US Secretary of State Antony Blinken has expressed concern over “China’s efforts to restrict and manipulate” the visit of the top UN human rights official to the Xinjiang region.
“The United States remains concerned about the visit of UN High Commissioner for Human Rights Michelle Bachelet and her team to the People’s Republic of China (PRC) and the PRC’s efforts to restrict and manipulate her visit. “, Blinken said in a statement on Saturday.
“We are concerned that the conditions imposed by Beijing authorities during the visit did not allow for a full and independent assessment of the human rights environment in the PRC, including in Xinjiang, where genocide and crimes against humanity continue.”
Earlier, Bachelet said she urged the Chinese government to review its counter-terrorism policy in Xinjiang and requested information on missing Uyghurs at the end of a six-day visit to China.
She made the claim while speaking to more than 120 reporters at the Zoom conference in Guangzhou, but has been criticized by rights groups for giving few details or condemning China while easily making lengthy statements. unrelated to American issues.
Hours after the press conference, Chinese Vice Foreign Minister Ma Zhaoxu told state media that Bachelet’s visit had “provided an opportunity to observe and experience the real Xinjiang first-hand.”
Xinjiang is the site of a years-long crackdown by Chinese authorities against Uyghurs and other Muslim minorities, with sweeping policies of religious, cultural, linguistic and physical oppression.
Rights organizations and several governments have called the campaign genocide or a crime against humanity. Beijing denies all allegations of mistreatment and says its policy is to fight terrorism and religious extremism.
Bachelet had been seeking access to the region for several years, with negotiations stalled over Covid restrictions and demands from the office for unfettered access, and Beijing that it be friendly and not an investigation. The tour faced widespread fear that it was being co-opted by the authorities for propaganda purposes.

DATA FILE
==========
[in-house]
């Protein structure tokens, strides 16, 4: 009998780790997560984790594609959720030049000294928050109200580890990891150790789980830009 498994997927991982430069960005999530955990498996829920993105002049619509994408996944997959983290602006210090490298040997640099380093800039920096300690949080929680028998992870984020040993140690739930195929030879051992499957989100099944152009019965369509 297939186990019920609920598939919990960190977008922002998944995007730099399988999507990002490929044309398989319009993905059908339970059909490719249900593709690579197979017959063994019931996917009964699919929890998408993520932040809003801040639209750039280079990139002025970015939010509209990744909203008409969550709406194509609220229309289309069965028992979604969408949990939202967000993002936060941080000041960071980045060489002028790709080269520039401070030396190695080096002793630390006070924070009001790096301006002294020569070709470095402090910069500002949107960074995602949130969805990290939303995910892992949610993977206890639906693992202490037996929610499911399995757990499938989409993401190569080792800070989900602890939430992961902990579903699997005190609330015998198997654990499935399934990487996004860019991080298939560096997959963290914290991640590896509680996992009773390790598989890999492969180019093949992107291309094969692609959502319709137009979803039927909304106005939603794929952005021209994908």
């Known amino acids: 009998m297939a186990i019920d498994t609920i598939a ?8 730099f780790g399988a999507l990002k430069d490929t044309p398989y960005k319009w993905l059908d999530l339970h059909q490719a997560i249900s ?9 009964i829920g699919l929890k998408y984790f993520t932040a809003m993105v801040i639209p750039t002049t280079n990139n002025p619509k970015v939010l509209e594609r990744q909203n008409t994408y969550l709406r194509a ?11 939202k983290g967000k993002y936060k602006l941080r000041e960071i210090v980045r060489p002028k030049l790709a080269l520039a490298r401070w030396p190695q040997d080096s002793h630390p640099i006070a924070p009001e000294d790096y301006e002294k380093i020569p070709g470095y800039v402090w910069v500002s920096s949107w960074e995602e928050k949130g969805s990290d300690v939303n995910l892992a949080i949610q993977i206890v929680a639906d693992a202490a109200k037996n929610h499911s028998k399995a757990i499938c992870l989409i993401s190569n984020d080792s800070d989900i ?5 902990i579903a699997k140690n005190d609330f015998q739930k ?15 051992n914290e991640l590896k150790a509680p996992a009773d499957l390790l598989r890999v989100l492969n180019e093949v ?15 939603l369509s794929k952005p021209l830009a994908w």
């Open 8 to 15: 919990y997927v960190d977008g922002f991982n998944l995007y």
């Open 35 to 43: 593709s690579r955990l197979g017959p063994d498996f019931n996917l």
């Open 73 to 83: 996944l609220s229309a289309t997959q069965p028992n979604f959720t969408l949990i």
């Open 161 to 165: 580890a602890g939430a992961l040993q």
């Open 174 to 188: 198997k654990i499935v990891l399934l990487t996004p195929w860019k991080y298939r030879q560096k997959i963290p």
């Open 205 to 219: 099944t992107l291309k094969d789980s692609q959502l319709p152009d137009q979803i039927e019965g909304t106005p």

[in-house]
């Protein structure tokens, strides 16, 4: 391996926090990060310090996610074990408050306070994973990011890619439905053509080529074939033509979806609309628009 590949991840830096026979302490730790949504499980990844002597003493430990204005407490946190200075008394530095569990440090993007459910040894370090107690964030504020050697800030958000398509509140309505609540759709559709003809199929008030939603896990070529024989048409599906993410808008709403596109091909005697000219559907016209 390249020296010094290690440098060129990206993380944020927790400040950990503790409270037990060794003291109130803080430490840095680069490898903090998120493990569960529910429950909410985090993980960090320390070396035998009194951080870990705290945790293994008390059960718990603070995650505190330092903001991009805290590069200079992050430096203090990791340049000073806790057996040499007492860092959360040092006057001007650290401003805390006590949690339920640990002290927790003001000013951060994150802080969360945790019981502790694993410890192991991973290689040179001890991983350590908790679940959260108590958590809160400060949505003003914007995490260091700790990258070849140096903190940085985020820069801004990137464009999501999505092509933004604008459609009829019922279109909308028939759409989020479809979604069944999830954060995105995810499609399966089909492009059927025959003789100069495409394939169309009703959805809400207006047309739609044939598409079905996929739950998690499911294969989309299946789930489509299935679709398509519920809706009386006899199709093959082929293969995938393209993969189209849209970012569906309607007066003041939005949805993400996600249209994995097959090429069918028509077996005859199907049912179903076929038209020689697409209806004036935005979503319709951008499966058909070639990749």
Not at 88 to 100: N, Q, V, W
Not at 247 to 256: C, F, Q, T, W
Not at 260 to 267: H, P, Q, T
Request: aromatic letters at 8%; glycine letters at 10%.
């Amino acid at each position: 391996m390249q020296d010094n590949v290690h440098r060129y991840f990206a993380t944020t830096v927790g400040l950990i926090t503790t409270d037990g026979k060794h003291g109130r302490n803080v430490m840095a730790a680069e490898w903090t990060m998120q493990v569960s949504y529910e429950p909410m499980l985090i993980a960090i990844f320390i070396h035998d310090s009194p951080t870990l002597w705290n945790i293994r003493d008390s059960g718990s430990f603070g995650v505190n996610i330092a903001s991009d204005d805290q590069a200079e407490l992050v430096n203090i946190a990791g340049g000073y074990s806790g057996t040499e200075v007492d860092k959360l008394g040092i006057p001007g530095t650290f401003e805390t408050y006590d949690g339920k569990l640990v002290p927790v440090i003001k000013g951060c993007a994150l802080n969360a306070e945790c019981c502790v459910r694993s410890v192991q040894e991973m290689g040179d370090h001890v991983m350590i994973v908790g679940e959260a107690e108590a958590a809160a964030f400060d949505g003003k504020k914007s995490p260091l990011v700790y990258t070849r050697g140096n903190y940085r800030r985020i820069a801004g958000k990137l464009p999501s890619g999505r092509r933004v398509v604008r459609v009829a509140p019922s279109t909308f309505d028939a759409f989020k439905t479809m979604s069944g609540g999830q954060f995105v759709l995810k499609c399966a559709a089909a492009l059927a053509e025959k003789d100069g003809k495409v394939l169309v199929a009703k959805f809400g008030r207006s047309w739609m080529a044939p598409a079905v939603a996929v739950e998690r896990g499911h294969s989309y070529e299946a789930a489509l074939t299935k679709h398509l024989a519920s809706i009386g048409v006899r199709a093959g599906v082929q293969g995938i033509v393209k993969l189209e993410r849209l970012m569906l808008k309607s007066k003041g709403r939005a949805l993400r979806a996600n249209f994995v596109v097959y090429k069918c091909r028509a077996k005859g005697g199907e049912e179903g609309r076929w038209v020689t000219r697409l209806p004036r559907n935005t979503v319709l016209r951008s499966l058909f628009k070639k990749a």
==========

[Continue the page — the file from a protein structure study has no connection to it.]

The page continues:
She began her remarks on Saturday by emphasizing that her visit was not an investigation.
“By their nature, official visits by a high commissioner are highly publicized and not conducive to… work of an investigative nature,” she said.
Regarding Xinjiang, Bachelet said she recognized the damage caused by “violent extremism”, but said it was essential that counter-terrorism responses “not themselves be human rights violations”. .
“I have raised questions and concerns regarding the application of counter-terrorism and deradicalization measures, and their broad application, in particular their impact on the rights of Uyghurs and other predominantly Muslim minorities,” he said. she declared.
“While I am unable to assess the full scale of vocational education and training centres, I have raised with the government the lack of independent judicial oversight of the operation of the scheme,” he said. she said, using the Chinese term for network of detention centers. through which about 1 million Uyghurs have passed.
She said the government assured her that the VETC system had been dismantled and that she encouraged them to undertake a review of its policies to ensure that they fully complied with human rights standards.
In 2019, China announced that all ‘trainees’ had ‘graduated’ from the centers, but rights groups said many had been transferred to factories under alleged forced labor programs or to prisons. .
Bachelet said during the “closed-loop” tour that she was able to meet with senior officials, law enforcement, civil society and government figures, including the foreign minister and President Xi Jinping. .
She hailed China’s achievements, including eradicating poverty 10 years ahead of her goal, universal health care, job protection and new laws to better protect women’s rights and interests. and children.